was an old rail bed at the base of this structure so I took advantage of the
relatively level, cleared area and set up my tripod right in the middle of
the tracks. My long exposures would allow me the opportunity to scale the
ridge and get into the building to add lighting, with just enough time to
descend and close the lens at the end of each shot.
It was working quite well actually, until this shot. I was up in the building light painting the ceilings when I heard a low rumbling in the distance. I looked outside and from my vantage point atop the ravine I saw a bright light in the distance. "Naw, it can't be..." It definitely was though. Apparently the rail line was not nearly as abandoned as I had thought. I scrambled down the ridge bypassing the small trail of switchbacks, instead opting for a more direct route, mostly sliding while grasping at trees and shrubs to break my fall.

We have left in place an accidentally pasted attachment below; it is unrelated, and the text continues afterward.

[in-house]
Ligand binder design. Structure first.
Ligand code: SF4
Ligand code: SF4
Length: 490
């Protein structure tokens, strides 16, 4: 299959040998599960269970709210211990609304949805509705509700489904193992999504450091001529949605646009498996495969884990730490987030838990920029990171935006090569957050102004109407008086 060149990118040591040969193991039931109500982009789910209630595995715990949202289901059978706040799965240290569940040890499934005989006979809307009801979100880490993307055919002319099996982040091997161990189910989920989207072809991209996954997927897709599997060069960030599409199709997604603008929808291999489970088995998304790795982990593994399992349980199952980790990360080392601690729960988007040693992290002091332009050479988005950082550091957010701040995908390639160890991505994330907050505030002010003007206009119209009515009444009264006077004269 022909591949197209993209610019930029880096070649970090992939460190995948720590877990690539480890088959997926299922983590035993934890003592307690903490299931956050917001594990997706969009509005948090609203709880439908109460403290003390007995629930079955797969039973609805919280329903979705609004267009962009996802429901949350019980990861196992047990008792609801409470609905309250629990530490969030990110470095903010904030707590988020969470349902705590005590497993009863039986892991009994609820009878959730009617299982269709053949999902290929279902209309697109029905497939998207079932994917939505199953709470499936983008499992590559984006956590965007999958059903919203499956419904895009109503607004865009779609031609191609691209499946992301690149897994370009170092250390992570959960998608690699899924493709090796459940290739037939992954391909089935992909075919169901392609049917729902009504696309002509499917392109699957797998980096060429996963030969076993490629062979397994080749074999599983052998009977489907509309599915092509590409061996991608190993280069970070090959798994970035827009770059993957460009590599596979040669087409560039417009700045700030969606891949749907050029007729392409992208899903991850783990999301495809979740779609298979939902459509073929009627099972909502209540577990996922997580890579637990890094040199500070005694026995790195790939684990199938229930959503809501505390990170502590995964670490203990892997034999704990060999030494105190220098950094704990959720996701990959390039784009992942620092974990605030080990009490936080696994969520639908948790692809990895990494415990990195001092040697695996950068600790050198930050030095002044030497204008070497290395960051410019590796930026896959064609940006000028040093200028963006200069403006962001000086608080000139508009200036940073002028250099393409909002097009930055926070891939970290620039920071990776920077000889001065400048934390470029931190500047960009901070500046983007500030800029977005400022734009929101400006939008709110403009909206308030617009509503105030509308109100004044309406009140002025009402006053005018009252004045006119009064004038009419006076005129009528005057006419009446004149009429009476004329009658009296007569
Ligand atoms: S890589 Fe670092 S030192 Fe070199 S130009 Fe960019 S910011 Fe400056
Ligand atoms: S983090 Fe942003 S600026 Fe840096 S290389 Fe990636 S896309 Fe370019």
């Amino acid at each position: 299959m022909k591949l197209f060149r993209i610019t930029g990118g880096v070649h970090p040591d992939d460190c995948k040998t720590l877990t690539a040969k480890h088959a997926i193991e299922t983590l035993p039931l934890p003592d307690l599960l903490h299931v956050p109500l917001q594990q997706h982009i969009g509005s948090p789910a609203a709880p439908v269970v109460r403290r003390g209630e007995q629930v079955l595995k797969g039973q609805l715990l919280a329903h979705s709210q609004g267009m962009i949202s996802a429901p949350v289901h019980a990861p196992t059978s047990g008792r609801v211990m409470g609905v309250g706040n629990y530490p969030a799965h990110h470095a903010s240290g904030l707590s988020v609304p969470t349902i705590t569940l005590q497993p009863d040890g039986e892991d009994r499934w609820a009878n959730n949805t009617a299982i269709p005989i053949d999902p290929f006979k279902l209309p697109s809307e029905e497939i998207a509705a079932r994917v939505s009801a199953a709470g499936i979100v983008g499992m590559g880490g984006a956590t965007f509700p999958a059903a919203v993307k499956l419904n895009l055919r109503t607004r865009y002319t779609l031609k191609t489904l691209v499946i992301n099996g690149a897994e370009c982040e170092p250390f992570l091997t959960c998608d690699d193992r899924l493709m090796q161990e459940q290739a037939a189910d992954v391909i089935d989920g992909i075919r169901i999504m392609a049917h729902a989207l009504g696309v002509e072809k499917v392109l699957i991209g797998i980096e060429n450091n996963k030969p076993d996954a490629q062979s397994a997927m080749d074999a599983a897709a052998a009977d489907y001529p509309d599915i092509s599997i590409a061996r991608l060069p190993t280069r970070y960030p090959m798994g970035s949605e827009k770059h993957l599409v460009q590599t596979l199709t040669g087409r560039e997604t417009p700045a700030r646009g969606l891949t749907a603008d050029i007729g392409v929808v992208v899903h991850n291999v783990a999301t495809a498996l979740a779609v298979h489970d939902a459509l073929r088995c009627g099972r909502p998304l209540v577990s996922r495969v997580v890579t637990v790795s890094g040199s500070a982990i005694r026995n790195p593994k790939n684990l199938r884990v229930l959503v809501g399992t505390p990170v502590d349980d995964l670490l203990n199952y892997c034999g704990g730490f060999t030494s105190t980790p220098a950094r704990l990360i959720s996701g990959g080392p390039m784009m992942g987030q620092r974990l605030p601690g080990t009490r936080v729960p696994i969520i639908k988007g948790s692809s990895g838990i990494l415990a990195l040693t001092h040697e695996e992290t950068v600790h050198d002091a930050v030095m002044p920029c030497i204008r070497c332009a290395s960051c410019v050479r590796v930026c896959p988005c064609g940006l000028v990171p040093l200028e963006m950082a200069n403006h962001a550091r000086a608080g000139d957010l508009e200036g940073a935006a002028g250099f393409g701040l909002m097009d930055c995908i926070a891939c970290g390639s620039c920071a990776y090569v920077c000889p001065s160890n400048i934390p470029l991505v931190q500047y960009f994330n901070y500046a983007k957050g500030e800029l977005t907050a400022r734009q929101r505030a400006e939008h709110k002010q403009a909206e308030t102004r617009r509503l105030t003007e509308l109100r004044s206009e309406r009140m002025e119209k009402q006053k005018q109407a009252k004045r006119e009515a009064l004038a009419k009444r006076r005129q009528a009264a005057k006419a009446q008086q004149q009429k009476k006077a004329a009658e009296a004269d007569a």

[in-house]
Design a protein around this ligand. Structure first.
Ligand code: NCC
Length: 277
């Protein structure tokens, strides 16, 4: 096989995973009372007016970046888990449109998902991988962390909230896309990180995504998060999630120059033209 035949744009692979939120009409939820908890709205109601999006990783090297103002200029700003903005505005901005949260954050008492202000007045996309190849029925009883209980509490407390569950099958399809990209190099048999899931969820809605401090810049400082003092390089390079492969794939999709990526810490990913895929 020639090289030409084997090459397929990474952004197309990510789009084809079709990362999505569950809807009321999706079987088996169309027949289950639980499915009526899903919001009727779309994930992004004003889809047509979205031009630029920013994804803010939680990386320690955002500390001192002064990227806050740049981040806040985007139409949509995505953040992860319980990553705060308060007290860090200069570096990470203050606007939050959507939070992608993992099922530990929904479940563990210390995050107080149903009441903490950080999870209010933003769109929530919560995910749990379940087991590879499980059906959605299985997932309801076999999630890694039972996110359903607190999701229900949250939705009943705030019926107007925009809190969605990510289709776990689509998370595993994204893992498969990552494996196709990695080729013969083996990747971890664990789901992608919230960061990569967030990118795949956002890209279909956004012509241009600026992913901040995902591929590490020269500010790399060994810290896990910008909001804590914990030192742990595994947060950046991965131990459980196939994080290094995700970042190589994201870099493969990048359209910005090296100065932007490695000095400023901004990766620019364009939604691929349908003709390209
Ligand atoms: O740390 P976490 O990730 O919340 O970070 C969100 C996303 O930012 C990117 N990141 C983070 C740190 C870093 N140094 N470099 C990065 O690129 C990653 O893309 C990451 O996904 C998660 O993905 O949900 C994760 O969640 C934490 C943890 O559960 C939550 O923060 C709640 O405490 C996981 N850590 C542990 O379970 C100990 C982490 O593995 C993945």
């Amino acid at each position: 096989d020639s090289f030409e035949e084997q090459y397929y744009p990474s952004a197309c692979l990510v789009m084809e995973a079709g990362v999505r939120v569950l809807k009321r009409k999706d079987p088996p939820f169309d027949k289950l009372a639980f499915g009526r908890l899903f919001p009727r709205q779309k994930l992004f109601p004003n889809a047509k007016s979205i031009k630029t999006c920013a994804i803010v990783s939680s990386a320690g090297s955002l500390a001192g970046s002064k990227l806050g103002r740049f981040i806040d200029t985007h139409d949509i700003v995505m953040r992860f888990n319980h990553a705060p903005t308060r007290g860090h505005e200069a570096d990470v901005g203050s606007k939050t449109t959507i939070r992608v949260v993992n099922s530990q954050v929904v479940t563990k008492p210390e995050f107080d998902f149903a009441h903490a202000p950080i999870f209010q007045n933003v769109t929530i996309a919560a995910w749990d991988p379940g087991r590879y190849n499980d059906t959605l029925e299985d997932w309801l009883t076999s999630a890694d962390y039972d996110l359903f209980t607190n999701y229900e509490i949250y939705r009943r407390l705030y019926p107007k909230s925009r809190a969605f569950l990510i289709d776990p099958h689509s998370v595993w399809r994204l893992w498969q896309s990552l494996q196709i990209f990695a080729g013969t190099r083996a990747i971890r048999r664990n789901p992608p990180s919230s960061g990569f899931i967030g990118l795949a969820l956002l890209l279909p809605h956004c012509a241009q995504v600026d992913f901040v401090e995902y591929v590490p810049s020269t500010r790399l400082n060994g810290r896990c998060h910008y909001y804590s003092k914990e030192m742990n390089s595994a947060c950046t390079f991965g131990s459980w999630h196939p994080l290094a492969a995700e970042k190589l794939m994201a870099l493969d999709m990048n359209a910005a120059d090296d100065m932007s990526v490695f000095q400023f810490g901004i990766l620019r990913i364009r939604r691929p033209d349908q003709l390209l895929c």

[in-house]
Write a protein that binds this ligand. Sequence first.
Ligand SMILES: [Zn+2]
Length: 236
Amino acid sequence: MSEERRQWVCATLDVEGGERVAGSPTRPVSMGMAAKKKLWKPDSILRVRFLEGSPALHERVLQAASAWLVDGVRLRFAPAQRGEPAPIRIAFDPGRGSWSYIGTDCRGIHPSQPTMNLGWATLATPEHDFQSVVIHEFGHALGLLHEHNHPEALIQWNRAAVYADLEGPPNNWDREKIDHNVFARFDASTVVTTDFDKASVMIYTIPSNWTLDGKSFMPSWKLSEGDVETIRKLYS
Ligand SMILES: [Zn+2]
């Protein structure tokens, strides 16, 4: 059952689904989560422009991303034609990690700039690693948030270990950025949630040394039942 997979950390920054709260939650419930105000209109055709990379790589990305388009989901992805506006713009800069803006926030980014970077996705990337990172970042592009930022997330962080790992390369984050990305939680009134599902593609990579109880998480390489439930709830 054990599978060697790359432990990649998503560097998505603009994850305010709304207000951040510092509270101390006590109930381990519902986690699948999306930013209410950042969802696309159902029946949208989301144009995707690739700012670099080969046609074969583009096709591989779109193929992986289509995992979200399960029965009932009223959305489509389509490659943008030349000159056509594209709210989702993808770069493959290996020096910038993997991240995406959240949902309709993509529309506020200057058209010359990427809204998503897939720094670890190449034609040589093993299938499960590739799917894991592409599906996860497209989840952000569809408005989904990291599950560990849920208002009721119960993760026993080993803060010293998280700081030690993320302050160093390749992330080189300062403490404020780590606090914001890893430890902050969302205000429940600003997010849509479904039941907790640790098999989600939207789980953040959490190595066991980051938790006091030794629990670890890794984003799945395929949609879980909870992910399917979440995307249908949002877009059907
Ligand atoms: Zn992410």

I arrived at the bottom just as the train came around the corner and scooped my camera, tripod and portable darkroom timer to safety by light of the train's headlight. I wouldn't describe it as a near miss or anything but something as ominous as an approaching freight train looks pretty damn close when you have run in front of it to rescue your gear. I wonder what the engineer thought if he happened to be looking down the track when he rounded the corner and saw a camera and tripod sitting in the middle of the tracks!